Wednesday, July 10, 2013

Read Stuff, You Should

Happy Birthday to Ron Glass, 68. As I've said, I was never really a big Barney Miller fan; of course, I am a huge fan of Shepherd Book.

The good stuff:

1. Will Wilkinson on the security state and democracy. Several good points here. On the final question he asks -- what happened to Barack Obama? -- I suspect he has the answer mostly wrong, or maybe it's the question that he gets wrong. I strongly suspect it's not so much about what Obama "really" thinks; my guess is that what we've seen is a president getting rolled by a combination of the bureaucracy and, to a lesser extent, a combination of the out party and the president's political advisers. Yes, I'm guessing here, and we probably won't know the answer for a long time, but that's my fairly strong guess.

2. Abby Rapoport on the likely next governor of Texas, Greg Abbott.

3. Even more from Scott Lemieux on Shelby County.

4. Dan Drezner on Rand Paul and foreign policy.

5. What Jennifer Victor learned at the Political Networks Conference.

6. Seth Masket on this summer's movies and higher education.

7. And the best thing of all: Vital Statistics on Congress is now on line and available.


  1. I'll confess to being disappointed that the domestic surveillance is/was going on, and I expected better of Obama, but I think I understand how and why it happened. It was already going on. And if Obama stopped it, and then there was a successful attack, even a small one, the political blowback would have been enormous. A president has to use all the tools in protecting the nation, and leaving tools unused is going to have political consequences.

    1. The other thing to consider is that Obama could well be slightly (or even significantly) more pro-civil liberties than the median Dem congressperson. Whatever else you could say about him, he's not standing athwart a tide of civil liberties legislation, from either Dems, Repubs or a bipartisan coalition, yelling "Stop." I wish he were, or rather, I wish there were enough votes in Congress to rein this stuff in. If Obama pushed back against that, he'd deserve all the criticism we could throw at him.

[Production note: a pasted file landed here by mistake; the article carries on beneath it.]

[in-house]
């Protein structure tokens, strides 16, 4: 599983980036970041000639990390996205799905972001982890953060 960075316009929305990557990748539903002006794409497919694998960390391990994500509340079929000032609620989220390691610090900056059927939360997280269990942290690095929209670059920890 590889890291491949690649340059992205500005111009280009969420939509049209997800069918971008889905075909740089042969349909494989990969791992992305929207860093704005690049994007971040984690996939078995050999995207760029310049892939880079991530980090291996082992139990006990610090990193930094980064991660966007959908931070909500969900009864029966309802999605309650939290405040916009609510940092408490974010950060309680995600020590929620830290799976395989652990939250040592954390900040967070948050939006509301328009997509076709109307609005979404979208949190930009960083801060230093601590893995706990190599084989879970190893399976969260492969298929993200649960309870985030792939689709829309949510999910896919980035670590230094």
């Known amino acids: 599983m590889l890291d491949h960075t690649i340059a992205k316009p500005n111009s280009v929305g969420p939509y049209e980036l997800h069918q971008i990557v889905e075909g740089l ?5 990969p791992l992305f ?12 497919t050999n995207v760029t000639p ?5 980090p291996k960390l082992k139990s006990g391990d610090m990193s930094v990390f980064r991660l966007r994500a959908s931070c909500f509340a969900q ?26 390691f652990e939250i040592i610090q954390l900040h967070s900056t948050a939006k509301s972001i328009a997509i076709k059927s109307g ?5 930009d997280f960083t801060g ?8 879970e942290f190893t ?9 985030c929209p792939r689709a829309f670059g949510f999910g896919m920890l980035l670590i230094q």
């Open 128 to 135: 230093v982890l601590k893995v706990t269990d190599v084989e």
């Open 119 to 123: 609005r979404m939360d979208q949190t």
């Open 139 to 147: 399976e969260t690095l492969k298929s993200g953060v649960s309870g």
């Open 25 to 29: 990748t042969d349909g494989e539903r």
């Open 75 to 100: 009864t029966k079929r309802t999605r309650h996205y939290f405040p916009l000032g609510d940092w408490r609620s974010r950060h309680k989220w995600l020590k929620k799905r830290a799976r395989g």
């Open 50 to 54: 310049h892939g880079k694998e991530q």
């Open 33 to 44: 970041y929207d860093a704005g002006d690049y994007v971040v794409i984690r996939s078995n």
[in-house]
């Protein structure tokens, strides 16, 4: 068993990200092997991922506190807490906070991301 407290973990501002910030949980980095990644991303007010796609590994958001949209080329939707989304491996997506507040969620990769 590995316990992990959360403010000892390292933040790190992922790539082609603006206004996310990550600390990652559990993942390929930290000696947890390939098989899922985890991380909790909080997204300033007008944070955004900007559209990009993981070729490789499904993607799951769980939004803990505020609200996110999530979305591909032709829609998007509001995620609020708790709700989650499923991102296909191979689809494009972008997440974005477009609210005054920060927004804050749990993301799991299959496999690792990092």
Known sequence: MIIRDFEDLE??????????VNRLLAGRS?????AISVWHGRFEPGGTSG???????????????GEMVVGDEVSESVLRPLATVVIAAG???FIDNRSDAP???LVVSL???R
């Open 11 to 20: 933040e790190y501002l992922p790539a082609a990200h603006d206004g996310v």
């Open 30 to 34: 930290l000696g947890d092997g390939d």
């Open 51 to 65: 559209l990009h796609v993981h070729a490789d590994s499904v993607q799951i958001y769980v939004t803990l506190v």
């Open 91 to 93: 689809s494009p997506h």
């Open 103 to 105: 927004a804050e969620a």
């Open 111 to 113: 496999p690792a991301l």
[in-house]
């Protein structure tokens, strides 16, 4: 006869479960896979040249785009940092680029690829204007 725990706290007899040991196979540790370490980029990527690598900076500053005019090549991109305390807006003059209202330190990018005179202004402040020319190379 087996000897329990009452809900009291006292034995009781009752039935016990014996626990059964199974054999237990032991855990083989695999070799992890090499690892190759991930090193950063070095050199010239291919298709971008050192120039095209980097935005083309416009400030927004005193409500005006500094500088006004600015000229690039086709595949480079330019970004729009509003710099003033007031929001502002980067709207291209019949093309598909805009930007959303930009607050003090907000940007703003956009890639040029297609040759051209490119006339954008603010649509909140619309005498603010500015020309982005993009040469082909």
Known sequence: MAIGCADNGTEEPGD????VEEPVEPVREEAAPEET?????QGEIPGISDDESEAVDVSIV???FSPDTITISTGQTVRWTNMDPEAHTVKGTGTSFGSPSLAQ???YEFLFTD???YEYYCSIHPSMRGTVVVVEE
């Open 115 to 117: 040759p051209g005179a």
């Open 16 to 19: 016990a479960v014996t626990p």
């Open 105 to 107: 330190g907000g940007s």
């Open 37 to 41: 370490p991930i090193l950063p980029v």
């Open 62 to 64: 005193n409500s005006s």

I'm happy to deprive Obama of the benefit of the doubt with respect to areas where he has more control - in other words, I'm willing to believe that he's worse than he needs to be given institutional constraints and all the stuff none of us on the outside can know, but even if that's true, he's a small part of the problem.

    2. After Obama had his ass handed to him over Gitmo by his own Democratic Congressional colleagues at the outset of his presidency, it was clear that the locus of resistance to improving civil liberties protection wasn't the presidency, but rather median/moderate Democratic and Republican congressional members. And arguably one could say their disappointing but accurate read of their own constituents' indifference to civil liberties. It remains the case: only a minority of Democratic senators, for example are interested right now in pushing for tighter oversight of the NSA; after all they just re-authorized all the rules 1-2 years ago.

    3. The most plausible explanation is that Obama just isn't a civil libertarian. After all, we now know that he's lied to the American people about the extent of domestic surveillance and is now moving heaven and earth to catch and prosecute the man who exposed the lie. It's hard for me to imagine that this is all just a political calculation to appease the security state bureaucracy. If so, that's a rather chilling revelation as to our President's character.

  2. Yglesias and Krugman have lauded Argentina's expansive monetary policy, but have been queerly silent about its effects. Does anyone wonder why?

    Oops. Hyperinflation, anyone?


Note: Only a member of this blog may post a comment.

Who links to my website?